Windows 10 spells the end of Patch Tuesday
Microsoft is ready to abandon the longstanding patching schedule that saw patches and security updates being delivered on the second Tuesday of every month. With the advent of Windows 10, security updates and other software innovations will be pushed to PCs, tablets and phones as soon as they are ready.
But this change will only apply for home users – enterprise users will be able to take advantage of Windows Update for Business, a free service for all Windows Pro and Windows Enterprise devices.
Terry Myerson, the executive VP of Microsoft’s Operating Systems group, noted that while they have implemented security in all the layers of the Windows 10 stack, keeping devices up-to-date with the latest security updates is still the most crucial thing enterprises can do to protect them.
And the new changes to the updating process reflect that thinking. Still, Microsoft is aware that enterprises can’t afford not to test patches and updates before they implement them, so the Windows Update for Business will still use a monthly update cycle.
With this service, an enterprise’s IT pros will be able to specify which devices will be update first, and which will follow; the timeframes when updates will or will not be implemented (for example, not during office hours); and to deliver patches peer-to-peer, where branch offices and remote sites have a bandwidth problem.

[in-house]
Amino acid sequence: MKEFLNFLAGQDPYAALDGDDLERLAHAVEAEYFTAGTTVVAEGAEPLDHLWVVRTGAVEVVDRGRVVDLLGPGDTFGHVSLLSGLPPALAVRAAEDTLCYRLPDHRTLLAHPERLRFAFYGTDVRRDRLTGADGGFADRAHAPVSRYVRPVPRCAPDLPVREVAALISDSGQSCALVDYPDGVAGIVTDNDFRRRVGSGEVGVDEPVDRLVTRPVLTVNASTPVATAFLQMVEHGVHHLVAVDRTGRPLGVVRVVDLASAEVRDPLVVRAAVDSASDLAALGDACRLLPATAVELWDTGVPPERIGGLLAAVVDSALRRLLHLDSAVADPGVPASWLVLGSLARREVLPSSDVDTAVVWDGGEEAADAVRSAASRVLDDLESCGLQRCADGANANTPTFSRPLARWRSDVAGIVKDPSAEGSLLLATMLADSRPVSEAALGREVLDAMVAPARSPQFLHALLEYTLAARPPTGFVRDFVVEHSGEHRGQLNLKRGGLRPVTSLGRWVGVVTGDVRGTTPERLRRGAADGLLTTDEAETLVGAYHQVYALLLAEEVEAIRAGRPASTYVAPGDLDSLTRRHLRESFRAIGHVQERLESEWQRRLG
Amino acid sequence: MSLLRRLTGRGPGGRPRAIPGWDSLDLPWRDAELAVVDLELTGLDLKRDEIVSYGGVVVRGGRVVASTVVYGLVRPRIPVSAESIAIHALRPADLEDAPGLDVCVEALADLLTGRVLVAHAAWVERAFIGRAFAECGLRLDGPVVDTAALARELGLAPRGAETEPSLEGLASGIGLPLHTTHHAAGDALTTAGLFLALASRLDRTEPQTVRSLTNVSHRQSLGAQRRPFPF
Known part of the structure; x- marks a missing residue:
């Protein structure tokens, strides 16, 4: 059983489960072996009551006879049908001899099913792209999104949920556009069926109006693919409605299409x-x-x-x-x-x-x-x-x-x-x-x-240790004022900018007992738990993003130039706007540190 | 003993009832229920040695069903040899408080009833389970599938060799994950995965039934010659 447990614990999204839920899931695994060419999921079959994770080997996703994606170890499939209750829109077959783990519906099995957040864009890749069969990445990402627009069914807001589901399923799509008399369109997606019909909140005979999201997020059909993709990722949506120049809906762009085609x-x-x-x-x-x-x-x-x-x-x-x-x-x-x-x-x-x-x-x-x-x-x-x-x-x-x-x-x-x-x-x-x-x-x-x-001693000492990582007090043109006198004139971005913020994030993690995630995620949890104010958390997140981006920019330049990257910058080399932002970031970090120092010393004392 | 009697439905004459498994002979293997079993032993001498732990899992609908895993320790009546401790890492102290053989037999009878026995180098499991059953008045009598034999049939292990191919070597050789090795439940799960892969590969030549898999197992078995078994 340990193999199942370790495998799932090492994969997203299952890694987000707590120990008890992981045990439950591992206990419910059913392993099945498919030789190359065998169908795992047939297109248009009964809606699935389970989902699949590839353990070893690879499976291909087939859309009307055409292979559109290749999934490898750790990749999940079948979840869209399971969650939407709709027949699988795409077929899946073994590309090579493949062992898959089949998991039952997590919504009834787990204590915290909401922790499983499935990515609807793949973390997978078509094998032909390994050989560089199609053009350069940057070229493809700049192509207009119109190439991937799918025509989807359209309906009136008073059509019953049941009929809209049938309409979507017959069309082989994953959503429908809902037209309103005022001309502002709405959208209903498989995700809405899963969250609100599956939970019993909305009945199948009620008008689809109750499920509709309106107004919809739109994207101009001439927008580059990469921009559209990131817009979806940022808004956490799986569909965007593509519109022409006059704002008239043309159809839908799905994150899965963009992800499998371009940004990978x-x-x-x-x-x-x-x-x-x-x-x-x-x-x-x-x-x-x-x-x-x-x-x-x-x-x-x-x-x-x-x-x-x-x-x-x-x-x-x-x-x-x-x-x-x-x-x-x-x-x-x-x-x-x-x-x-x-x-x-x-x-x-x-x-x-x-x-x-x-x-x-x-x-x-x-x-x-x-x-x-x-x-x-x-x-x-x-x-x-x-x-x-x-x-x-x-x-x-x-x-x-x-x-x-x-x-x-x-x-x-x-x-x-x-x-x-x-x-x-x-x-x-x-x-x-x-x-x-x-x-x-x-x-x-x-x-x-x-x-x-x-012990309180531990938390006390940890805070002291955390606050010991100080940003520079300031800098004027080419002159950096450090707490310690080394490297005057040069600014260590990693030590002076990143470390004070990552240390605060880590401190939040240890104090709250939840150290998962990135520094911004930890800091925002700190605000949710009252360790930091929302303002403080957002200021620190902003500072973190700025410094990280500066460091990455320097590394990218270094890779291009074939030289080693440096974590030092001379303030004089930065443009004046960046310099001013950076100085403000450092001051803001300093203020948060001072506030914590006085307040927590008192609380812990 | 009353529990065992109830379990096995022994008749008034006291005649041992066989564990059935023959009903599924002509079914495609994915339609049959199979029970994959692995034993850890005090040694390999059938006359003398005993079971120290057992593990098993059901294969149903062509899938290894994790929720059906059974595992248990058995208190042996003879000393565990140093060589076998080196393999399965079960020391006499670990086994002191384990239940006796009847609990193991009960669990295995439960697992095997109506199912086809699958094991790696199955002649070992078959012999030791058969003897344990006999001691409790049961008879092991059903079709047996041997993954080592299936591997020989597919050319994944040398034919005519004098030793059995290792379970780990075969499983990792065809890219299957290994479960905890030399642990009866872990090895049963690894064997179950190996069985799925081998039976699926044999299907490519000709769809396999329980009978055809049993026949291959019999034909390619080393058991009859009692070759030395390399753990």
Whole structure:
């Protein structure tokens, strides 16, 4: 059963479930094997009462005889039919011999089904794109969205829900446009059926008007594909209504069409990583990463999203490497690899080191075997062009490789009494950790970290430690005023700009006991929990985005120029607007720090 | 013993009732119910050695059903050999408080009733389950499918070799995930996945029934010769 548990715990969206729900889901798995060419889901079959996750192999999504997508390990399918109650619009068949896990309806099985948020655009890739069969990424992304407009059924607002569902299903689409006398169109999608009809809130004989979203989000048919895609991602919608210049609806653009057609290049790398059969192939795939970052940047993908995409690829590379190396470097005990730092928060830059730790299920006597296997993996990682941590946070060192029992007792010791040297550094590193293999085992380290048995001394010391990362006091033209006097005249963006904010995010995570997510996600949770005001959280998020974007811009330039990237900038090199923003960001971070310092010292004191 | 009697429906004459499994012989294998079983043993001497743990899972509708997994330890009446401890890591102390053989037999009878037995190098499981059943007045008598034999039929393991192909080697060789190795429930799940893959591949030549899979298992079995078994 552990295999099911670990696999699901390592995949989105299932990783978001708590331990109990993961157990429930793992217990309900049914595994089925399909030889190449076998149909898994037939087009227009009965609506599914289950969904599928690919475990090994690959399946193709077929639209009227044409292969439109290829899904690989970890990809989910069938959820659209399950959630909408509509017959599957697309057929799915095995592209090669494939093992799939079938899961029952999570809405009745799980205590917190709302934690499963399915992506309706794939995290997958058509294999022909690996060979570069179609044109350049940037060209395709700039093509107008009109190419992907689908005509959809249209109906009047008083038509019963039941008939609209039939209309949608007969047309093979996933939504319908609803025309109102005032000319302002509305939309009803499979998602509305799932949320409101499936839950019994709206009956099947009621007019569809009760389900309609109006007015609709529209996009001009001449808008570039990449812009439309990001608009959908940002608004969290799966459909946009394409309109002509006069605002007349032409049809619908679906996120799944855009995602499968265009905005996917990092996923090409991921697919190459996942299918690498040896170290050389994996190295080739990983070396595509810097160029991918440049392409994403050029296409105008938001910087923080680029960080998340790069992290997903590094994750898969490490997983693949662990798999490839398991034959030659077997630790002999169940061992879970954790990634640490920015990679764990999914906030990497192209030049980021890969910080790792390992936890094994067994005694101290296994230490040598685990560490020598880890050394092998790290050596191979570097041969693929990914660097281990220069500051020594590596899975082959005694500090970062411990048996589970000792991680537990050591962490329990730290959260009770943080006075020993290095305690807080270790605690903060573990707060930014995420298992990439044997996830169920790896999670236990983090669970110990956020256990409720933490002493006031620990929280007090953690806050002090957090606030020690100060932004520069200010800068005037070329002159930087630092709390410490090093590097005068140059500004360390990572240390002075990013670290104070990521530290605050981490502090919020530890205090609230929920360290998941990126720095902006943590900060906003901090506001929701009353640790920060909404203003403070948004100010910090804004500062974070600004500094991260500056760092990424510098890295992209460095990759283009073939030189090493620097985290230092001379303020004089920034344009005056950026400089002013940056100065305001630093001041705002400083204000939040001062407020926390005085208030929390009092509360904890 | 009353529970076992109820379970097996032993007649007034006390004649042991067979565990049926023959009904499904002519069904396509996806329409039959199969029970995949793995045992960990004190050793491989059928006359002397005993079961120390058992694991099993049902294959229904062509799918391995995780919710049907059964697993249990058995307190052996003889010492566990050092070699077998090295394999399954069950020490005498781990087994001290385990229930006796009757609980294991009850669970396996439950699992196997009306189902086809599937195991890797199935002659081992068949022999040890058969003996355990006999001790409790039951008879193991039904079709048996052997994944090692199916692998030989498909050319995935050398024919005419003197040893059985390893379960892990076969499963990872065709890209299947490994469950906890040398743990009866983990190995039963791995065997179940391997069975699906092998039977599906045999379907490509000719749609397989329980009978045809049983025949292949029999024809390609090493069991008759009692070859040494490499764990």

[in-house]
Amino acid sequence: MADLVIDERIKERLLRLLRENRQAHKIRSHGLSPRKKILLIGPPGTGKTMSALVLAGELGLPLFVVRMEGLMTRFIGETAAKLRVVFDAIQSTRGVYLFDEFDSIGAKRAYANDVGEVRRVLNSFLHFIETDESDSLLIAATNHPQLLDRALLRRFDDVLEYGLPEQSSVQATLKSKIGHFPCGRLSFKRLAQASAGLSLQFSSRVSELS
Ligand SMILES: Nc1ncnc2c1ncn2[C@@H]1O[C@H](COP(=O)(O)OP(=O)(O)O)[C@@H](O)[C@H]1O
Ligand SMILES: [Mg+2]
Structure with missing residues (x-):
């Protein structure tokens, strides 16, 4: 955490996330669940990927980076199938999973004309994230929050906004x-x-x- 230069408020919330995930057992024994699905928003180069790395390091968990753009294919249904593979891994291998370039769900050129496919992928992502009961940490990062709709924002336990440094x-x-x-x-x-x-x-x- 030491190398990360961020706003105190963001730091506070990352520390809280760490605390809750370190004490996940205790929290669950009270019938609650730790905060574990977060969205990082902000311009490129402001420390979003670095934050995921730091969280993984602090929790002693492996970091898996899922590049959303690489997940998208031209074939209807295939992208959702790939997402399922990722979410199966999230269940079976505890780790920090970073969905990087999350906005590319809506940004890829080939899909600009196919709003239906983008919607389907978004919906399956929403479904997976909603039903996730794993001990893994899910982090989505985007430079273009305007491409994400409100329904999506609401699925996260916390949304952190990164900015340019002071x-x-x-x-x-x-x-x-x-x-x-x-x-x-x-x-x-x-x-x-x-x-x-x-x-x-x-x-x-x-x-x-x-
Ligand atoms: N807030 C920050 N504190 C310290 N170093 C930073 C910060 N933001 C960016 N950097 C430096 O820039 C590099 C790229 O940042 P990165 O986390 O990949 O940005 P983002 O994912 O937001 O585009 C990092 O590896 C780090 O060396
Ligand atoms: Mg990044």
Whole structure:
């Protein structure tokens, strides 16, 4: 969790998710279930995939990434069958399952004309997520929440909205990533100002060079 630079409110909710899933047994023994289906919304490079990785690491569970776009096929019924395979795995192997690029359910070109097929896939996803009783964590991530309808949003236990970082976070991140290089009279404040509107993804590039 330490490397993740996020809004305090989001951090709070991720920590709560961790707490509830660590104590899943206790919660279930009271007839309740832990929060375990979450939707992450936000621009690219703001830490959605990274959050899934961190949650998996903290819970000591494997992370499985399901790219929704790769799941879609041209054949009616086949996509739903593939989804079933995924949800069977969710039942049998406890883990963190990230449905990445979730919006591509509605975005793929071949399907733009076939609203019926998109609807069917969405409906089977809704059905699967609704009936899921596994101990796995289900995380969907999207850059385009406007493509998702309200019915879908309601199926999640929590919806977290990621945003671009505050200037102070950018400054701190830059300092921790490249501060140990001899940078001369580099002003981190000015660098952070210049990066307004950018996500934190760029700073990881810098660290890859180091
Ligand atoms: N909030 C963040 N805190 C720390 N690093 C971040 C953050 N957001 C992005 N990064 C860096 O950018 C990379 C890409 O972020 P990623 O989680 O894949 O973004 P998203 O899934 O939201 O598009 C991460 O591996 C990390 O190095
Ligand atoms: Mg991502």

At the Microsoft Ignite event for enterprises, currently underway in Chicago, the Redmond giant’s executives have announced a number of new solutions for making IT professionals’ job easier.
Among these is Microsoft Advanced Threat Analytics (ATA), a technology based on the recent acquisition of Israeli firm Aorato, which aims to quickly detect suspicious user and device activity within the enterprise network.
“Using deep packet inspection technology, Microsoft Advanced Threat Analytics analyzes all Active Directory traffic. It can also collect relevant events from SIEM and other sources,” the company explains. “ATA automatically starts learning and profiling behaviors of users, devices, and resources, and then leverages its self-learning technology to build an Organizational Security Graph, a map of entity interactions representing the context and activities of the users, devices and resources.”
The technology then looks for any anomalies in the entities behavior, as well as security issues and risks, and flags them to be checked, and finally provides actionable information to eliminate the threat.